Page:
A Ritual for Modern Times
I love ‘classic’ family constellations because it is a modern ritual, a ritual fashioned for a Western audience and viewed through an African lens in my work. I view it as a modern ritual based on an old tradition because that is what I see, that is what I hear and that is what I honour in the process and in the sacred journey to heal family and community!
A constellation is a ritual in community, suggests Malidoma Some Dagara Elder. In 2010 Malidoma was interviewed for an article in East Coast Villages newsletter, Ask Malidoma! Malidoma E-Village 2010…In it, he described his interest and participation in a number of systemic constellations events and he has this to say……….
What is a Community?
A community according to Malidoma Some embodies the unity of spirit, trust, openness, love and caring respect for the elder’s respect for nature and cult of the ancestors. Pg 52 Ritual, Power, Healing and Community.
When I began learning about the systemic constellation method, I immediately looked to that part of the method that most spoke to my own cultural background and would help in the expression of these angry feelings that I seemed to have carried around since childhood. I couldn’t understand where they had come from because as a 50-year-old looking back at me as a child, I couldn’t quite attribute where all this pent up anger has come from.
Gradually over time as I started doing some family research, I began to understand that some of the anger may literally ‘have been passed down’ from earlier generations. And when after 60 years of marriage my mother informed me that she had never had an argument with my father, I knew that there were some dynamics and ‘entanglements in the current system.
Even now I am seen as the ‘difficult one’ in the family. The one who ‘loses her rag!’ over seemingly over simple things, ‘Never Knowing Reasonable’ my sister states. Well, I find that all very interesting and to my mind it’s too easy an explanation so I have made it my job to explore and dig a bit deeper into what may lie behind this down the generations.
Exploring South African Roots
It is no secret that Bert Hellinger drew on his time in South Africa as a catholic priest. He opened a school and ministered to many in the Zulu community, so how could he not gain some kind of understanding about their life in the community. Embedded in the constellations method are some African family principles that I was immediately intrigued by and curious about.
After I started working with the constellations method with clients I became much clearer about the relevance of the Indigenous Wisdom in the method when working with black families and those of African heritage. In many Western societies, the nuclear family has become the norm over several generations. But in many communities in the Caribbean, in the UK and the Americas, the nuclear family is not the norm and there are many different configurations of family.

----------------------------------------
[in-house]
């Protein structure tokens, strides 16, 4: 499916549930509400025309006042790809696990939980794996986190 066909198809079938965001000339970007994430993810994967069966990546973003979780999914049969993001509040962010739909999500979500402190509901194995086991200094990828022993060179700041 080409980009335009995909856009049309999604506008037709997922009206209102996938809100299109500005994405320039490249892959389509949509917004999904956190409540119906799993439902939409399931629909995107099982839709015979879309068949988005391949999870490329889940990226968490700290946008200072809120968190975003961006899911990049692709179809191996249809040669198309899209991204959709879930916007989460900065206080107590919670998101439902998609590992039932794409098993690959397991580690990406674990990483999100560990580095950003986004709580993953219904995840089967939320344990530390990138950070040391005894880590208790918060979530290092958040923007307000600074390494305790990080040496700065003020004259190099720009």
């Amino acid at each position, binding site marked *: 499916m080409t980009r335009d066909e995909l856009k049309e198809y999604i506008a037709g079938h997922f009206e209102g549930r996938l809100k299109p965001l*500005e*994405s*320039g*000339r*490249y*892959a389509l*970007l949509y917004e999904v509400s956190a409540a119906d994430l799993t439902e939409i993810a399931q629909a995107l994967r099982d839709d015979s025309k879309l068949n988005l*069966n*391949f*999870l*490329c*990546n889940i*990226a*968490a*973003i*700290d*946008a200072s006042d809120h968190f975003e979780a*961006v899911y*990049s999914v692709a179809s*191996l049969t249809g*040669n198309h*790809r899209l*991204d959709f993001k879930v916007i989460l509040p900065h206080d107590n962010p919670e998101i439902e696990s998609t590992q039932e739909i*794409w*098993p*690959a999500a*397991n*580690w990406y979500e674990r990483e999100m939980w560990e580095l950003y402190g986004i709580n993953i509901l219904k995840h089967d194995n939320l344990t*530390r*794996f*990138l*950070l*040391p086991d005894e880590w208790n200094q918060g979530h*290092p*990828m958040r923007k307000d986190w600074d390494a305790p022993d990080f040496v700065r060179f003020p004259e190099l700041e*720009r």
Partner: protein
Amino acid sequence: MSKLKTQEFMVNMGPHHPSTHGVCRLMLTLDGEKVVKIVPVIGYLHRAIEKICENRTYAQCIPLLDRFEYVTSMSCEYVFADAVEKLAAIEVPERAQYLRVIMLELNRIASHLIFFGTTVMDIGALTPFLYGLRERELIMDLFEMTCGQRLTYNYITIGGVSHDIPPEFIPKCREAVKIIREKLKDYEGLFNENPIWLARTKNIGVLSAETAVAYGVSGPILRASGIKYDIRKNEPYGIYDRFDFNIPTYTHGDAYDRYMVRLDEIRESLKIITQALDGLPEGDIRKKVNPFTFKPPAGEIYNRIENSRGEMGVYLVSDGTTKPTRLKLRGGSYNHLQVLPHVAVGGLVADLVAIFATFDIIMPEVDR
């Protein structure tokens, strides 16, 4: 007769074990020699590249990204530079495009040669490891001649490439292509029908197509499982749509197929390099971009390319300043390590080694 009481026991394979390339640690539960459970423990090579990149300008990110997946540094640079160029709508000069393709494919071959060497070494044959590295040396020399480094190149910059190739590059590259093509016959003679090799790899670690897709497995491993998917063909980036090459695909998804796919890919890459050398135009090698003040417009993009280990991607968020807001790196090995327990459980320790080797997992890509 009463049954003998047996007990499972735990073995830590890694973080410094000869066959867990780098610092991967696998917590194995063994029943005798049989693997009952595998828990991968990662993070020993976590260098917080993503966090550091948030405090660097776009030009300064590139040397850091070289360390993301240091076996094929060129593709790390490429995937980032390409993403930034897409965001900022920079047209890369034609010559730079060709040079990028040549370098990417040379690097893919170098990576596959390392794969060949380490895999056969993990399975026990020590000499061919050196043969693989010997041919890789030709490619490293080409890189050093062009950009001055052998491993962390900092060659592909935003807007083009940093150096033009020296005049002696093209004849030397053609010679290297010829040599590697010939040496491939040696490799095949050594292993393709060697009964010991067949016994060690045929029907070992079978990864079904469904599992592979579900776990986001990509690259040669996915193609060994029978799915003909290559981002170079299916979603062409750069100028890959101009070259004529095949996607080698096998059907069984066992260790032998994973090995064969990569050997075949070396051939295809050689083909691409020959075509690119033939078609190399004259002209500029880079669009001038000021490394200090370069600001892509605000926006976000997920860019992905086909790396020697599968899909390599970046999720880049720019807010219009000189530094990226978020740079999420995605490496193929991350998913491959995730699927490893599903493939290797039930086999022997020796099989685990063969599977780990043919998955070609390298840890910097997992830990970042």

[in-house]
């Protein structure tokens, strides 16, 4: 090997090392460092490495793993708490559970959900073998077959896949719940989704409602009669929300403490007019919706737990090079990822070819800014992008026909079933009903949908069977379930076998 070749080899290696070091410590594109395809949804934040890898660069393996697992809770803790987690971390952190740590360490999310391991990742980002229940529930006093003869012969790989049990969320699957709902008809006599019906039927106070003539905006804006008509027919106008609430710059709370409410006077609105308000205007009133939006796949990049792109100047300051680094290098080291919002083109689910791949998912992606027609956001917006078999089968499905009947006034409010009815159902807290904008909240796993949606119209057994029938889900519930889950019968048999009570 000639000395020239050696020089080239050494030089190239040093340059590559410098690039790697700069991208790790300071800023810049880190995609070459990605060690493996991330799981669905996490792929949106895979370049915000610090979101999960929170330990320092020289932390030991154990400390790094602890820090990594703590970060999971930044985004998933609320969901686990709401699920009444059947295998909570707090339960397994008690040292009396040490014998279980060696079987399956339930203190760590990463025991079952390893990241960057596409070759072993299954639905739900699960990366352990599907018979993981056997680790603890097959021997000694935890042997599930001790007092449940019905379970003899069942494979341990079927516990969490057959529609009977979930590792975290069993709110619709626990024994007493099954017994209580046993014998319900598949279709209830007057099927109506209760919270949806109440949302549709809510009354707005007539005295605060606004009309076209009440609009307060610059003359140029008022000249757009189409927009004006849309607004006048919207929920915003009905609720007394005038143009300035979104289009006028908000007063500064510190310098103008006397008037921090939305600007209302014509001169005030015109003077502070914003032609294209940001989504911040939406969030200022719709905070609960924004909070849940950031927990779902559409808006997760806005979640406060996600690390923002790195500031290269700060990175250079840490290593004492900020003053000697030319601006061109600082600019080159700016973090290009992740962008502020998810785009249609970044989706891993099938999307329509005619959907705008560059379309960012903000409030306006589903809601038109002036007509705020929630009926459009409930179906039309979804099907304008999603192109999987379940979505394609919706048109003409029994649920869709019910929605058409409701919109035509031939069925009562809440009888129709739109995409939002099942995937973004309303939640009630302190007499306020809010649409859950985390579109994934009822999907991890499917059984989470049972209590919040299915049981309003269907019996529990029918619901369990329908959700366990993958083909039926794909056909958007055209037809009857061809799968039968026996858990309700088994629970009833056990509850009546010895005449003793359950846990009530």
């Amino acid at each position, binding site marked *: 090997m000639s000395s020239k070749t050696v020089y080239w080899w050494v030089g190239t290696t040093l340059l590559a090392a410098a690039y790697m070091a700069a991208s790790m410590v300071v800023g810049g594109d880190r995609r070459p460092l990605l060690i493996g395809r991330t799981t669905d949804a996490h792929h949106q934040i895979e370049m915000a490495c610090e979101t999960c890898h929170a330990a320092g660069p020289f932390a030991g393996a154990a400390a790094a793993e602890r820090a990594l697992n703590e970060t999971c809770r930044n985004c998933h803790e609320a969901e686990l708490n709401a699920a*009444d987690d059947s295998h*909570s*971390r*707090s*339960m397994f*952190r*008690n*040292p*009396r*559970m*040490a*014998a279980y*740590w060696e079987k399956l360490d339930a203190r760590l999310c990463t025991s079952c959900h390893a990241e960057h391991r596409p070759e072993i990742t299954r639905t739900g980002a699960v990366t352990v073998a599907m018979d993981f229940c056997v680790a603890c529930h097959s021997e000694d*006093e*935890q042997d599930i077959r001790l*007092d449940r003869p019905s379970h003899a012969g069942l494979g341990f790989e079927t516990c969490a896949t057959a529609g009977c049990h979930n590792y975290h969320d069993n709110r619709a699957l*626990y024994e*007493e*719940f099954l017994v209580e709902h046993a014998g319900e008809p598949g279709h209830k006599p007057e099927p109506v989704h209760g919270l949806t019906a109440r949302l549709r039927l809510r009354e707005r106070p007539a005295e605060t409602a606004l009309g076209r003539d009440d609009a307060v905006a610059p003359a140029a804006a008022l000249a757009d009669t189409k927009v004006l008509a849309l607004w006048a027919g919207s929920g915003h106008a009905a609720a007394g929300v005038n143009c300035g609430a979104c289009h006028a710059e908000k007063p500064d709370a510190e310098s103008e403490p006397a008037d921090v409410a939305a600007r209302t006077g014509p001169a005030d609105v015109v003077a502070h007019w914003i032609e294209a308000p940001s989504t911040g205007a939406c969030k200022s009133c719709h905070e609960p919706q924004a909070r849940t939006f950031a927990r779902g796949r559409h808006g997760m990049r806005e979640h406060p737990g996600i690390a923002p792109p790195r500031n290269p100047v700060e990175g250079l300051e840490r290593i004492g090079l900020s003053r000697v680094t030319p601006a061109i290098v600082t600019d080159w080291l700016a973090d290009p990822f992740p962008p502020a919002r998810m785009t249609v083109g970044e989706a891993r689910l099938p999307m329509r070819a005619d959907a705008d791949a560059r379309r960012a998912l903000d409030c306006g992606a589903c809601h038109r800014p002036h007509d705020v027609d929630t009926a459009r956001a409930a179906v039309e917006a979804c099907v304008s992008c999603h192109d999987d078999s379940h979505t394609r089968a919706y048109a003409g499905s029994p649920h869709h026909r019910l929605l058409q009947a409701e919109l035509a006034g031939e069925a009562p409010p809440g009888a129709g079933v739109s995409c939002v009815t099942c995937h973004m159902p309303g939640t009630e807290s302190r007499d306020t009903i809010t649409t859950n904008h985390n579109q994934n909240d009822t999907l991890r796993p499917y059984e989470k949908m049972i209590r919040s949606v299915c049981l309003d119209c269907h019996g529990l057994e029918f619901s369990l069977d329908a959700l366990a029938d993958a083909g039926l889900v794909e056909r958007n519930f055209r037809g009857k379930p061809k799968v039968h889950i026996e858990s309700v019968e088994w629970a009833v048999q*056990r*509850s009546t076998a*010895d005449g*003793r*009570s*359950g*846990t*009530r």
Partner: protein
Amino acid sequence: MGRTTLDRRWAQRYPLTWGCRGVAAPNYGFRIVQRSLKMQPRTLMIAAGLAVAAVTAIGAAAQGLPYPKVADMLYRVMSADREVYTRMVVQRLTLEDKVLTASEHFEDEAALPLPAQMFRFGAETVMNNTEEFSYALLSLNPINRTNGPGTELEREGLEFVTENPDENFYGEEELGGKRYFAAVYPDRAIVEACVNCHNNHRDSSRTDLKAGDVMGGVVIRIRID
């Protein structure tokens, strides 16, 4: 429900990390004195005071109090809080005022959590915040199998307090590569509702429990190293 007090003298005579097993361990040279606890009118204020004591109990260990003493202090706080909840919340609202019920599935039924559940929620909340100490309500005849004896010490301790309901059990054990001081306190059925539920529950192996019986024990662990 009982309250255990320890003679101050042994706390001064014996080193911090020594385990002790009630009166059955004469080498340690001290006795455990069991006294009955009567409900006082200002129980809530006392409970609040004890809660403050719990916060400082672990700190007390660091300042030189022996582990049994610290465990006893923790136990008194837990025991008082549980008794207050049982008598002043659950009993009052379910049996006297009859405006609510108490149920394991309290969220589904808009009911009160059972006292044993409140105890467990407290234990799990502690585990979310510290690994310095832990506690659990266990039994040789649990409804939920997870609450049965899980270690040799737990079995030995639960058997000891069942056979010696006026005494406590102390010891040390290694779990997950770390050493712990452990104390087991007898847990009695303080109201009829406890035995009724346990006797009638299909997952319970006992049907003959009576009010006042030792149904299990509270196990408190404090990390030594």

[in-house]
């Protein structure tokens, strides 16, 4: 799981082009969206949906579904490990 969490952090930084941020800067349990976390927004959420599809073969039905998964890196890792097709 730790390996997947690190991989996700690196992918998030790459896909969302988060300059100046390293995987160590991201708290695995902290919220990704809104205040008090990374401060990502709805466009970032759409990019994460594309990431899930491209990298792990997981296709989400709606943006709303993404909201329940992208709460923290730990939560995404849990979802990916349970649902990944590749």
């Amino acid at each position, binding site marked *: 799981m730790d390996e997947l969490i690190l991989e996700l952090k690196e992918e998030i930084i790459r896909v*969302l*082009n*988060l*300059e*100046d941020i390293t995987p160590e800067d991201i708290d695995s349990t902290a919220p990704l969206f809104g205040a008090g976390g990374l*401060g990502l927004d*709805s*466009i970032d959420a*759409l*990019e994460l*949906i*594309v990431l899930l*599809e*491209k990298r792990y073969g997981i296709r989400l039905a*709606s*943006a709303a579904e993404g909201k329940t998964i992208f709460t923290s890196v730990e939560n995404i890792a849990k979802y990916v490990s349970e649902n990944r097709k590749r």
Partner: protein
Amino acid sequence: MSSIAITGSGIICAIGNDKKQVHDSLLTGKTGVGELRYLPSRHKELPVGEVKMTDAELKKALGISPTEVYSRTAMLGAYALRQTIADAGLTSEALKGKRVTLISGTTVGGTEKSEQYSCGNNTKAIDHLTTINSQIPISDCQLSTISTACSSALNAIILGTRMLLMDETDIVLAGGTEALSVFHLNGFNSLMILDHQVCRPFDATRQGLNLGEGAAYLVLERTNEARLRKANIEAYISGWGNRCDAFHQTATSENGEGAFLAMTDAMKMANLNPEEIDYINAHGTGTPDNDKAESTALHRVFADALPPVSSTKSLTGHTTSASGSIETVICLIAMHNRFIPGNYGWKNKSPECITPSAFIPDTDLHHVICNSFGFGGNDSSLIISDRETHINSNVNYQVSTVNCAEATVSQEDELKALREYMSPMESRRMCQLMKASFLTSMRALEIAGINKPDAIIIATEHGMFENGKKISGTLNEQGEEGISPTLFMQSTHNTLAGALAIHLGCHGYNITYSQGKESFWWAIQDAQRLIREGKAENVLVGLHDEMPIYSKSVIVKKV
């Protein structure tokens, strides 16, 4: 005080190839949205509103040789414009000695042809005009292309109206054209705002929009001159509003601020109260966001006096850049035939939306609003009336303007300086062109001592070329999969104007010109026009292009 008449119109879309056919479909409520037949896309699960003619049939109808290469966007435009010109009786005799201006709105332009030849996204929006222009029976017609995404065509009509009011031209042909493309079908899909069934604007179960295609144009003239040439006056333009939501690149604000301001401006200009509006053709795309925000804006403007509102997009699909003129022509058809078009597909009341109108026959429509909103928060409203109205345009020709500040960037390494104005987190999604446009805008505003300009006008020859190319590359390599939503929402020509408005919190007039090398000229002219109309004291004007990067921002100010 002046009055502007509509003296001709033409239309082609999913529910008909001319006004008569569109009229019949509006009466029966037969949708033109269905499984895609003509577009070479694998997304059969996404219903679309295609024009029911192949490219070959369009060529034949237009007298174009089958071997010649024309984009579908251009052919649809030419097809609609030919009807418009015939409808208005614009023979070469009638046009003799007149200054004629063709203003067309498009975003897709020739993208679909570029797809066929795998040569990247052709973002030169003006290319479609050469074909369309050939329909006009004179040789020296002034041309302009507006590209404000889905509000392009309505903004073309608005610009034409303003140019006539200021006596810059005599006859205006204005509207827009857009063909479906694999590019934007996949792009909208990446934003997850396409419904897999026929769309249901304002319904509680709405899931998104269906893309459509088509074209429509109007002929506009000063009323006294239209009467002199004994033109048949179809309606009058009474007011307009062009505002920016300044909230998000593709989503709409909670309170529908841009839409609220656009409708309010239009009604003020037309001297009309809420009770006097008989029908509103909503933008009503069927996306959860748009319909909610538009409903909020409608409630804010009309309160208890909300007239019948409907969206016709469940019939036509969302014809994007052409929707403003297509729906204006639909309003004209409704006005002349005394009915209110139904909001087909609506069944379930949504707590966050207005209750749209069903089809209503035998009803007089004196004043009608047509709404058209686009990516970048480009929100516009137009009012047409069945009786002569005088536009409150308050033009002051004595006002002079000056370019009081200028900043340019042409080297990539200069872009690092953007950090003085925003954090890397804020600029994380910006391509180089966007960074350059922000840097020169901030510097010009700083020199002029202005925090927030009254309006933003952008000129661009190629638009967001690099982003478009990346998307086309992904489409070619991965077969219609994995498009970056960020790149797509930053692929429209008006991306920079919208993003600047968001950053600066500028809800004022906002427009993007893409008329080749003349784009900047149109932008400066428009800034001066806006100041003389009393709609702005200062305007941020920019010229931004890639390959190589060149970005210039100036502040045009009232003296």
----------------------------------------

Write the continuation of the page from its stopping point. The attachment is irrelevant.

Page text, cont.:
Constellations in the African Diaspora
In the UK large numbers of children were left back home as their parents came first to settle here. Later when they came there were often problems with finding a clear sense of identity. Indeed although I was brought up in a stable ‘nuclear family’ I keenly felt the loss of a Caribbean community around me growing up, And I spent many years angry and looking for a sense of identity that I couldn’t find in either a”British” or ‘Caribbean’ identity. And of course this sense of lack of identity and belonging is not unique to me or my community, it cut across race and culture and ethnicity.
Losing Touch Time after time I would start to map out a constellation and then realise that personal issues that the client came with, was related to the wider cultural environment and historical traumas of the specific African diaspora experience. So a challenge for me in working with the constellations method was to more clearly reflect the issues that affect families and communities that I work with. And this meant finding a way to integrate the Western systemic theory and Indigenous African Wisdom and make it relevant for an African diaspora community of which I am a part.
Losing Touch with an Indigenous Past
African heritage people living in a westernised society have lost touch with an indigenous past. family constellations can build on these lost traditions and by so doing help with answering questions about identity and belonging. How? Family constellations can bring in the wider ancestral legacy and extended family and community and the process can start to show people, what has been lost and how to start to regain it.
For those reasons, my approach is increasingly to frame the work as an indigenous healing therapy that is appropriate to meet the many facets of a minority black experience in a majority white culture. As a family constellations practitioner, I believe that this approach can be a starting place for healing family and community issues that arise from the trauma of an enslaved past. I will be writing about this more in blog posts, as I deepen my knowledge and skills in this profound work.
Until next time!